Reservation Golf: The Unsung Greatness of Golf on Native American Land

In upstate New York, the Oneida Indian Nation has gone all-in on golf at the Turning Stone Resort Casino. The 3,400-acre resort has five courses, including championship layouts from Tom Fazio, Robert Trent Jones Jr., and Rick Smith, along with a par-3 course and a player-friendly 9-hole course.

“Golf has really played an integral role in creating the world-class destination that Turning Stone is,” says Director of Golf Miles Blundell, noting that the property hosts 4.5 million guests a year at its four hotels, with tens of thousands playing golf on the courses or in the resort’s indoor Golf Dome that has 40 hitting bays, two simulators, and an adjoining indoor practice area.

“It’s definitely a big part of the resort and plays a huge role in attracting guests,” Blundell adds. “And you just look at the tournament history with a PGA Tour event here for years, with guys like Dustin Johnson and Matt Kuchar as champs, and Tiger Woods and Annika Sorenstam playing in Notah Begay’s fundraising event here. Golf is something that’s really showcased the property.”

Native American Golf
(Photo courtesy Circling Raven)


Nationwide, there are more than 80 golf courses on Native American reservations, among them highly rated facilities such as We-Ko-Pa and Ak-Chin Southern Dunes in Arizona, Barona Creek in California, Dancing Rabbit in Mississippi, Las Vegas Paiute in Nevada, Wilderness at Fortune Bay in Minnesota, and Circling Raven in Idaho.

“Circling Raven put us on the map,” says Laura Stensgar, CEO of the Coeur d’Alene Resort Hotel and a tribal member. “It’s complemented and completed our resort in that we’re not just a casino. We have this beautiful hotel and spa, along with the 18-hole championship course. So, it’s been really special to offer to this region and we’re all really proud of the fact that it’s won numerous awards throughout the years. When we opened our casino resort, we did look at what other tribes were doing with the golf courses and saw what they did to take hold of that tribal value system and incorporate that.”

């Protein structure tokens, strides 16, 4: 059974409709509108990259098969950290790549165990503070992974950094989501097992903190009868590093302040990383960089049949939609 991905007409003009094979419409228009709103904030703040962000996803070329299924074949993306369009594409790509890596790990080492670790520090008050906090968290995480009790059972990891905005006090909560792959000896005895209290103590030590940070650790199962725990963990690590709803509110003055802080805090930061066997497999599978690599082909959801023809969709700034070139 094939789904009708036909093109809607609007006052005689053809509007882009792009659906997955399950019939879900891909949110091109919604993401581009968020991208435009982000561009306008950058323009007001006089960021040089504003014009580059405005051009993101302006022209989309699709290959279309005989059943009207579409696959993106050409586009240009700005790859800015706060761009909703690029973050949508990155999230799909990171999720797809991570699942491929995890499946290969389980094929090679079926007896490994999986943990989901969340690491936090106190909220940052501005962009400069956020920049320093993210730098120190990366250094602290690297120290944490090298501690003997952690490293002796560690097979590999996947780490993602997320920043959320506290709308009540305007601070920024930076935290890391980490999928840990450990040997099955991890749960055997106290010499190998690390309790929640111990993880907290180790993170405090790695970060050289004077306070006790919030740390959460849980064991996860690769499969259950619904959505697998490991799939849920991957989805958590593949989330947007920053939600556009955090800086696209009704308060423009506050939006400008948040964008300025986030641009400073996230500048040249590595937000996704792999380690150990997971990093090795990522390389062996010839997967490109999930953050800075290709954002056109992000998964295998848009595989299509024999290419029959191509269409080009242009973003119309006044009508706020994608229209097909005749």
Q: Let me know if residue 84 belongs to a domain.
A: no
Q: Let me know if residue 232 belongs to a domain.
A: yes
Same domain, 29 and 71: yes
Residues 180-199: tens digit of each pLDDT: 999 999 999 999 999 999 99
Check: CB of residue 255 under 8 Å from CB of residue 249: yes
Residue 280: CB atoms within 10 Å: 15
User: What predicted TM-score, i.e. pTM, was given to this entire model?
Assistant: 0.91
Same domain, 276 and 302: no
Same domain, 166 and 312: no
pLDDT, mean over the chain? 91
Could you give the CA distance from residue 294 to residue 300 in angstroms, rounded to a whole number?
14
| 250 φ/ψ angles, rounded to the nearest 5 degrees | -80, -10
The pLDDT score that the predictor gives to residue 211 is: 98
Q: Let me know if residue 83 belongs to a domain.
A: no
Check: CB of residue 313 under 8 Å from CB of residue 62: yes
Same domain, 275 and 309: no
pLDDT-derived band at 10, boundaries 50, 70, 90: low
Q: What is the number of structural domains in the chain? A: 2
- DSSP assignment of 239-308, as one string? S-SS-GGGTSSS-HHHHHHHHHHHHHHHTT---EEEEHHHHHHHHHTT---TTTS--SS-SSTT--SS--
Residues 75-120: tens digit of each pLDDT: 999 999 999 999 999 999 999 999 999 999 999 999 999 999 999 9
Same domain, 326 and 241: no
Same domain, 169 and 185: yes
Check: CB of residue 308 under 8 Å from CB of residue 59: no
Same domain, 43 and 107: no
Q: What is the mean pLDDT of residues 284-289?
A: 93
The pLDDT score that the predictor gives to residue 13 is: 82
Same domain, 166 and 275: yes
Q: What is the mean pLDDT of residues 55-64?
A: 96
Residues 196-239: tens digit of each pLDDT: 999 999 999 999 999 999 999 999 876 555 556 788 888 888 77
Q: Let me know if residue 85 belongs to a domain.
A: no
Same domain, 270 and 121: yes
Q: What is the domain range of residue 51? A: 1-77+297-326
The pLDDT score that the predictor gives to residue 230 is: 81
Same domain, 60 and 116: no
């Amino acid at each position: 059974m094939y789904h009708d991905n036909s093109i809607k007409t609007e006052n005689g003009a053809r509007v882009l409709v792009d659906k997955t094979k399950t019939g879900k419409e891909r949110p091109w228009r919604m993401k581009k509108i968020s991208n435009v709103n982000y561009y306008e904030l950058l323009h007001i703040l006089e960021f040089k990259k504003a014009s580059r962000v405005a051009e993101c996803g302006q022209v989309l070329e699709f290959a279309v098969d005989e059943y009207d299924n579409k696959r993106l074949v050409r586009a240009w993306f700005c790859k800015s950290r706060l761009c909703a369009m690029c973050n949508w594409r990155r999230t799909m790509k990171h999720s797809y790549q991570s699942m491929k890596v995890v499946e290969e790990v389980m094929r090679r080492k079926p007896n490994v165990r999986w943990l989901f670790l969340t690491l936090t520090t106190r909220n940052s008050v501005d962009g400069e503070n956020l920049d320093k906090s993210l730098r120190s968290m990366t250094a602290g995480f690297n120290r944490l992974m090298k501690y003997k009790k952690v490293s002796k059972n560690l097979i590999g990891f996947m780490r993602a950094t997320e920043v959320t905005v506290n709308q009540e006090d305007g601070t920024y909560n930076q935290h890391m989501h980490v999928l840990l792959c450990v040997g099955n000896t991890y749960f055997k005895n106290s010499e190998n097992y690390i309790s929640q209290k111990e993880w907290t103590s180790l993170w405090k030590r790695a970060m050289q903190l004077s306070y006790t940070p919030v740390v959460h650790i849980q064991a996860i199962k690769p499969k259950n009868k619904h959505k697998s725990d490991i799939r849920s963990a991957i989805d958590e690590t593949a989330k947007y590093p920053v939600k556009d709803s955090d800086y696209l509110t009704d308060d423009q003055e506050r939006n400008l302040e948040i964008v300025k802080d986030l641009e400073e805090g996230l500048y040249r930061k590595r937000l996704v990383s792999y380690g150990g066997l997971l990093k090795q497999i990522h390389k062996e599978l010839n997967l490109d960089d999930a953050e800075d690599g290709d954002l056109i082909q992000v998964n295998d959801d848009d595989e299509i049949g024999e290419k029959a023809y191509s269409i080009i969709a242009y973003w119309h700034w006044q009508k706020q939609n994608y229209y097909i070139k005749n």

Whether it’s in the desert of the southwest U.S., the pines of the Pacific Northwest, or the wooded hills of upstate New York, there tend to be some commonalities when it comes to golf on Native American land: pristine open space, great architects, and quite frequently, a casino component. Among Golfweek’s Top 50 Best Casino Courses, 70 percent are on land owned and operated by Native American tribes.

“Casinos have the money to build them right,” says Tony Mancilla, the General Manager at the Island Resort & Casino, which is on Hannahville Indian land in Michigan’s Upper Peninsula. The resort, which is about two hours north of Green Bay, Wis., has two golf courses: Sweetgrass and the recently opened Sage Run. Between them, they draw around 25,000 golfers a year, about 60 percent of whom are staying overnight at the resort on a package deal and eating, drinking, and gaming.

Shenandoah Golf Course (Photo courtesy Turning Stone Resort Casino)

“When you look at Indian casino golf courses, you’re getting the best value because they’re not necessarily in it to make money on the golf course,” Mancilla adds. “Although they’re very destination-type, you don’t have to pay $200 to play. You can get on a great course for $75. We market to our gamers and offer gaming packages that fill weekends, Fridays, and Thursdays. Then you have to have ancillary days to fill and that’s where your golf courses, spas, showrooms, and convention centers come in.”

While it’s often said there’s not much good land left for golf, the exception might be remote reservations with special tracts of unspoiled open space and rugged beauty.

In the early 2000s, when it was proposed that the Coeur d’Alene Resort build a golf course, architect Gene Bates stood out for his vision to create something special by working with the natural land as well as manmade challenges such as an old railroad that ran through the property. While other designers shied away from that area, Bates thought it would be unique to integrate the track into a layout that features tall pine trees, a meandering stream, and rolling Palouse hills. There’s no development whatsoever on the course, which features holes with names like Steals Horses, Moose Crossing, and Snow on the Mountain, and has been ranked No. 1 in Idaho by some publications.

“He was a real artist and designed a really beautiful, fun, challenging course to where it complements what we are as tribal people,” Stensgar, who is an avid golfer herself, says of Bates. “We try to live in harmony with the land, with the community, and with the people. Our golf course is indicative of that.”

I recently got a taste of true Pacific Northwest golf at Salish Cliffs in Western Washington, an amenity for the Squaxin Island Tribe’s Little Creek Casino & Resort. With 600 feet of elevation changes, exposed rock, and extensive views of the Kamilche Valley, the stunningly serene layout has 16 holes that seem in a world of their own, surrounded by lush forestry. The 9th and 18th holes, meanwhile, share a massive double green fronted by a lake and wetland preserve.


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Walking off the 18th as the sun started to dip below the treetops, I couldn’t help but wonder how soon I could do it again.


Have you played golf on Native Indian land? Did you even realize it at the time?